Even under the best of circumstances, the relationship in the Balkans between Russia, on the one hand, and the EU and the United States, on the other, is bound to be contentious. However, decisionmakers on both sides can craft policies to dial tensions down and pursue common interests where they do exist.
Many of the threats and missions identified in the 2018 National Defense Strategy Summary are similar to those of earlier defense strategies. But the priorities have changed dramatically. The 2018 NDS declares that “interstate strategic competition, not terrorism, is now the primary national security concern,” and the United States is in a “long-term strategic competition” with its main adversaries Russia and China.
The most memorable developments in Russia’s foreign policy in the past year include a breakthrough in the Middle East; a further escalation of the confrontation with the United States; continued alienation from Europe; and a tactical advance in Asia. Russia has significantly expanded its foreign policy arsenal, but there is still a sharp contrast between the country’s foreign policy ambitions and the limited capabilities of its economy.
Russia should do its best to stop being one of the threats that the EU takes into account when determining its development trajectory. Long-term modernization and reform programs are long-term specifically because they structure cooperation for decades ahead, building paradigms that are difficult to escape from, even for the mutually beneficial improvement of relations.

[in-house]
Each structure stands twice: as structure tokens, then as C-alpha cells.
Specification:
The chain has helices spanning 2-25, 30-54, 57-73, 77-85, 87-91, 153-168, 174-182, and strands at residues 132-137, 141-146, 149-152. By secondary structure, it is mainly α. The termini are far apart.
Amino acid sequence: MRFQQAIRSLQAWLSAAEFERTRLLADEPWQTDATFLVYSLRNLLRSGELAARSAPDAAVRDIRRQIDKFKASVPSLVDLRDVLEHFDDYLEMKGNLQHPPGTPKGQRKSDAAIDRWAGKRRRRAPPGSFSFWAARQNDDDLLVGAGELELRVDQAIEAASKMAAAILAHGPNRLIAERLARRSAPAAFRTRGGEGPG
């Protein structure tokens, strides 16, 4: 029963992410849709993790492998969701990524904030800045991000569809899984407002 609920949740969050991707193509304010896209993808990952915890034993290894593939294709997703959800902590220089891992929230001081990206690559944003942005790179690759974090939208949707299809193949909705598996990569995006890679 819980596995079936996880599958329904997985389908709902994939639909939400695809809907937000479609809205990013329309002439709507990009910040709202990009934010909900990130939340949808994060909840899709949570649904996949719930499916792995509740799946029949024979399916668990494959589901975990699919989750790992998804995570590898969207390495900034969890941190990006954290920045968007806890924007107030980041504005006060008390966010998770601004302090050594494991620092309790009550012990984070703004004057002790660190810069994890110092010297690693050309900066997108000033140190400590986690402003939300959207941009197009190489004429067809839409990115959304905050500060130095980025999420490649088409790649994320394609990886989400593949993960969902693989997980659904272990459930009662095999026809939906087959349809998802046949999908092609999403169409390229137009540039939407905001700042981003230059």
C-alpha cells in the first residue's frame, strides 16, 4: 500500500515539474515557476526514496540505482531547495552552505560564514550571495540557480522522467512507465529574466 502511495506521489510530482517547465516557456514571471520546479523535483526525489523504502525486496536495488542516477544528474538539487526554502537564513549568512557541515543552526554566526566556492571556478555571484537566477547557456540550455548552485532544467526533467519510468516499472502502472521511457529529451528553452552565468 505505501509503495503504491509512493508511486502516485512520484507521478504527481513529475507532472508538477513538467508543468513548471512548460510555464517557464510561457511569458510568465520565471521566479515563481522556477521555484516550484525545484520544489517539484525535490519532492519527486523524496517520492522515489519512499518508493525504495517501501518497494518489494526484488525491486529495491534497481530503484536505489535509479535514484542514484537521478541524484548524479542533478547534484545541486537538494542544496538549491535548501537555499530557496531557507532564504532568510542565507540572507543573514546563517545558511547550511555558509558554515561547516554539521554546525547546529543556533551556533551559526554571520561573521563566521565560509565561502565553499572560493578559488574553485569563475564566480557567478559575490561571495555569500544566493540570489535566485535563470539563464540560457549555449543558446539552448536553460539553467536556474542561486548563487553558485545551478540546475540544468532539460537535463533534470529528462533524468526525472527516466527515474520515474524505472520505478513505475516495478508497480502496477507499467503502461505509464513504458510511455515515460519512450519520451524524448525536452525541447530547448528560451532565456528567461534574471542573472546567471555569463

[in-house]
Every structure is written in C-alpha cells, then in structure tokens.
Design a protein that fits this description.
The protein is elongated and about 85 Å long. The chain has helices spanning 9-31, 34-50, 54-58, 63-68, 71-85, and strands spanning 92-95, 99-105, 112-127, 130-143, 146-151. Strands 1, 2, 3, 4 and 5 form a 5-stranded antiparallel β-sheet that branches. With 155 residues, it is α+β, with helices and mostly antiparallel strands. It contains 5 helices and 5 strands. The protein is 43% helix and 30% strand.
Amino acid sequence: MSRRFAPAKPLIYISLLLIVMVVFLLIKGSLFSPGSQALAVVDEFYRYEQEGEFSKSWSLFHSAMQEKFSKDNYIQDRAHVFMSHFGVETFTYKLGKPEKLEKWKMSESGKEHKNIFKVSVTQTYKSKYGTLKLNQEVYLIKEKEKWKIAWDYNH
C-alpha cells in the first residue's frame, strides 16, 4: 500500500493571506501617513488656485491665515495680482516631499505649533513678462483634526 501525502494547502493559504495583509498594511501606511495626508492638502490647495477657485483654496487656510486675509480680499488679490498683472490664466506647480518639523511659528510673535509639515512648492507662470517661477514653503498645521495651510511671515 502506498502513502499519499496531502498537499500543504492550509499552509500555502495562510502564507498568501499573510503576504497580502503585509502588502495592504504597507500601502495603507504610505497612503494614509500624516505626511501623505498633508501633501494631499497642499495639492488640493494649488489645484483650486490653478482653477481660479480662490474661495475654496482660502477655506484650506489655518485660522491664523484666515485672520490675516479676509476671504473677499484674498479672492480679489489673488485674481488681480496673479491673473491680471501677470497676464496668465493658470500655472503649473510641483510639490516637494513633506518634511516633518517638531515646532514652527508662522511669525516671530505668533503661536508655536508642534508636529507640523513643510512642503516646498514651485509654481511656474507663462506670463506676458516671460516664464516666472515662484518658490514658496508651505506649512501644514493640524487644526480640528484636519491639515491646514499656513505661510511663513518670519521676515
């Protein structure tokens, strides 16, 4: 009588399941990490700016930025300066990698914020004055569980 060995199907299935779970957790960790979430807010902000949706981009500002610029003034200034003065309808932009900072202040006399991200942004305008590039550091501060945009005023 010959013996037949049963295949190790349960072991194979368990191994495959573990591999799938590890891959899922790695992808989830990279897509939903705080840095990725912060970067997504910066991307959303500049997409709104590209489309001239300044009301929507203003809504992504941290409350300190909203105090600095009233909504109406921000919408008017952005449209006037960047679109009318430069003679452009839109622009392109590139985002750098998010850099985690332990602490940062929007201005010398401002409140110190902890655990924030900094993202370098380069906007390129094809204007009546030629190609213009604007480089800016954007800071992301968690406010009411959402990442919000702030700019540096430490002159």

Russia is neither doomed to have adversarial relations with the West nor destined to have friendly ones with it: it is all in the hands of policymakers who need to learn, also from their own mistakes. Anatoly Adamishin’s book provides them with a rich body of experience to work from.
Austria’s new government is unlikely to prove as pro-Russia as many fear. It will neither take decisive action to lift sanctions, nor fundamentally realign the country. But it can serve as a bridge between Russia and the EU—provided Moscow can recognize the opportunity.
Today German and French positions reflect much more the skepticism ingrained in the EU’s “five guiding principles for relations with Russia” than previous ideas of a strategic partnership with Moscow. This will render it impossible for Russia to simply return to traditional bilateralism. If, at some point in the future, a Russian leadership wants to normalize relations with the EU and rebuild European security, it will have to take into account, among many other things, the almost complete collapse of trust in its relations with Germany and France.
With Chancellor Merkel visibly weakened as a result of the recent Bundestag elections, President Macron has been free to take the lead in managing Europe’s difficult relations with Russia. His announced participation in the St. Petersburg Economic Forum in May 2018 can signal the resumption of full-scale dialogue between the estranged former partners, which might bring better understanding of the existing political differences between Europe and Russia, while allowing for expanded commercial and cultural contacts between them.
Russians are surprisingly interested in the developments in Catalonia. Oddly enough, the running theme here is related to democracy. “Incompetent” democracy results in instability, so Russians take pity on the Spaniards and Catalonians: they no longer have the kind of stability that Russians do. The price of stability, however, is not up for discussion. Among other things, this approach contributes to sustaining the negative trend in relations between Russia and the EU.